Senior vice president Peter Vescuso said what started as a business of open source license compliance has become an enterprise aimed at "the full lifecycle of application development.
"We're helping developers find the right components, evaluate them, and learn the security vulnerabilities. When a developer chooses a component we monitor new security vulnerabilities. They get a live feed for us."
Palamida launched a few years ago with a similar set of competences, but I observed that they are now focused on keeping enterprises current with changes in open source software.
"We still see them," Vescuso said. He noted he worked under Palamida CEO Mark Tolliver at HP back in the day.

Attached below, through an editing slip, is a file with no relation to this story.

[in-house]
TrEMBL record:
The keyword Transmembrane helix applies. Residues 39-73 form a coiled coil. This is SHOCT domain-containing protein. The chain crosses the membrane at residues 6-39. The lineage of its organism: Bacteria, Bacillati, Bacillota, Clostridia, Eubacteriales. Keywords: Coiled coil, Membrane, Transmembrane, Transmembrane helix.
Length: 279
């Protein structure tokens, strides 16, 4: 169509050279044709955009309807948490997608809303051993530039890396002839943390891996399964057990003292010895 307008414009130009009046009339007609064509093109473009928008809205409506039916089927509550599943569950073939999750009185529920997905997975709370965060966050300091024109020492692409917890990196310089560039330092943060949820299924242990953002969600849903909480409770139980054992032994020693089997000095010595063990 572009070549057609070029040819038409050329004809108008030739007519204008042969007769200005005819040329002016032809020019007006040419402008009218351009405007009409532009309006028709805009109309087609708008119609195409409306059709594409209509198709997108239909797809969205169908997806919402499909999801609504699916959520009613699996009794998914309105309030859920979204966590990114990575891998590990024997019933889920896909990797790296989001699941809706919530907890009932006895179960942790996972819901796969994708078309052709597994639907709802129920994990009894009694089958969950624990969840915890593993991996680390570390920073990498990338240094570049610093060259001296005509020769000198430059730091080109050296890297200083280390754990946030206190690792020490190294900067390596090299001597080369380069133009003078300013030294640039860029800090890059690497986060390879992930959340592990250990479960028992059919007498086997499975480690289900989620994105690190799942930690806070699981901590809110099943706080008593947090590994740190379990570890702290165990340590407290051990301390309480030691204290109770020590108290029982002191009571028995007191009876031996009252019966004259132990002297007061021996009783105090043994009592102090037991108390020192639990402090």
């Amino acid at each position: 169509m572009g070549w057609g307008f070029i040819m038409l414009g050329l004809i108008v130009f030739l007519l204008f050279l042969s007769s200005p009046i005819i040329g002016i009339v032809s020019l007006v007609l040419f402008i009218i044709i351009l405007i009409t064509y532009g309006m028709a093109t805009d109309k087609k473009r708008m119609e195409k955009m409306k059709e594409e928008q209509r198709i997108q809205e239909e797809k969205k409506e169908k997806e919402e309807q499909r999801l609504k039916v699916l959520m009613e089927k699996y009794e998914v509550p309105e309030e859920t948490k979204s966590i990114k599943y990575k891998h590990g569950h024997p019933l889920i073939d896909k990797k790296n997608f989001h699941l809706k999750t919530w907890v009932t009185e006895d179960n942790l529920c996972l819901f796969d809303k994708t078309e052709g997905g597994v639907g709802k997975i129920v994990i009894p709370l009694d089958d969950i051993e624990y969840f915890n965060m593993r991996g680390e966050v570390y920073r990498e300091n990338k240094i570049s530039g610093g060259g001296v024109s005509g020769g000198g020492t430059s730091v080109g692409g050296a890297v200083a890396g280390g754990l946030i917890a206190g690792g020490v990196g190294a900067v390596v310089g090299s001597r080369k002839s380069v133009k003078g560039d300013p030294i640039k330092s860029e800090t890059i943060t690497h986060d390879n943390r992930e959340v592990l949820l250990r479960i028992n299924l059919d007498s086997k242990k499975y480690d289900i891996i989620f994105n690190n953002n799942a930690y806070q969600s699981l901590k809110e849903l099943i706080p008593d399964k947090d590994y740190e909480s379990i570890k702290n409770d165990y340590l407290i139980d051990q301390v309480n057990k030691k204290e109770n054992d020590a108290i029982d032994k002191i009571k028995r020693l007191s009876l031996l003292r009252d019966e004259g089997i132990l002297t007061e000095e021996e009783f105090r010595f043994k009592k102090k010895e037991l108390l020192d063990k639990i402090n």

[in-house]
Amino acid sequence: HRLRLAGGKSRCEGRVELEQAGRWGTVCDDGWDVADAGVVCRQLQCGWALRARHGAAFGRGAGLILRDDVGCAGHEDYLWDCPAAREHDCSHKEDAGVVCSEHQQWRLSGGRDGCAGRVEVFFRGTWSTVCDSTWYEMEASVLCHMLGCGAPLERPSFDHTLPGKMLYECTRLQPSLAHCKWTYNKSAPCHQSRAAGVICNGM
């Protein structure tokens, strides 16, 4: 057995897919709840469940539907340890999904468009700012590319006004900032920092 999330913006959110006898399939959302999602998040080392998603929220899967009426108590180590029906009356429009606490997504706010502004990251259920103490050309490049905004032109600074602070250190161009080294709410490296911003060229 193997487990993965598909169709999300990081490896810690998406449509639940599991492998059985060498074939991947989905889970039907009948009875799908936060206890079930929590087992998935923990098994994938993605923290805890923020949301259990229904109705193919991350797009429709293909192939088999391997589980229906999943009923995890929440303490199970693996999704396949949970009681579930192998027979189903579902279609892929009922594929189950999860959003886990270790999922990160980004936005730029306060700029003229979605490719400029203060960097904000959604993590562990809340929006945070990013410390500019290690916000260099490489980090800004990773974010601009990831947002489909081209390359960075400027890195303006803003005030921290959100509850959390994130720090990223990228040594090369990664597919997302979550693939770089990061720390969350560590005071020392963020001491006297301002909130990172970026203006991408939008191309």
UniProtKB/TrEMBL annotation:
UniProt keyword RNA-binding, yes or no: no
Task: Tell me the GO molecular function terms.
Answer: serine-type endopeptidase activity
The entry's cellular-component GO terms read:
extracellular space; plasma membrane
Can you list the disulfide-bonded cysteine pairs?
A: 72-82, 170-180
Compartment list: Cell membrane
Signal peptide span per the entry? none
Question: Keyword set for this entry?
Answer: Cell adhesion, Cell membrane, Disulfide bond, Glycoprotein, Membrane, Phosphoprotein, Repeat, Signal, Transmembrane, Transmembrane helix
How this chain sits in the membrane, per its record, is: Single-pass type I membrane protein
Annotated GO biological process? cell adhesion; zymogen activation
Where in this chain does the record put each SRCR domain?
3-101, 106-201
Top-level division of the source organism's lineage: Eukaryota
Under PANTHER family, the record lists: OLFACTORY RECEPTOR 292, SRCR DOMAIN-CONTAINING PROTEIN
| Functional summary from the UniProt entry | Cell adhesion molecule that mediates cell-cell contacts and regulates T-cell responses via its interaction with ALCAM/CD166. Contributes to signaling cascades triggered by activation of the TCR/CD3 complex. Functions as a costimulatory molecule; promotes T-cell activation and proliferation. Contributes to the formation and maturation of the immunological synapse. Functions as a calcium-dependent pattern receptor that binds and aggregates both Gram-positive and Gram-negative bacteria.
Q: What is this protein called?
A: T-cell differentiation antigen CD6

Even more interesting than this success, however, is that there are many organizations that are resisting Black Duck's call. Google for instance.
"Google announced Chrome and within a day the first vulnerability was found in Webkit. It's well known. Apple had fixed it. But Google wasn't using automated methods to track where vulnerabilities are. They had the same problem with Android."
Black Duck has yet to crack the Googleplex. "Google feels they're a very sophisticated organization, they know open source." Manual methods and hubris are his biggest competitors right now.
But despite all this, and the growing recession, Black Duck is quacking real loud right now. It will be fun to see how loud they quack when the storm really hits.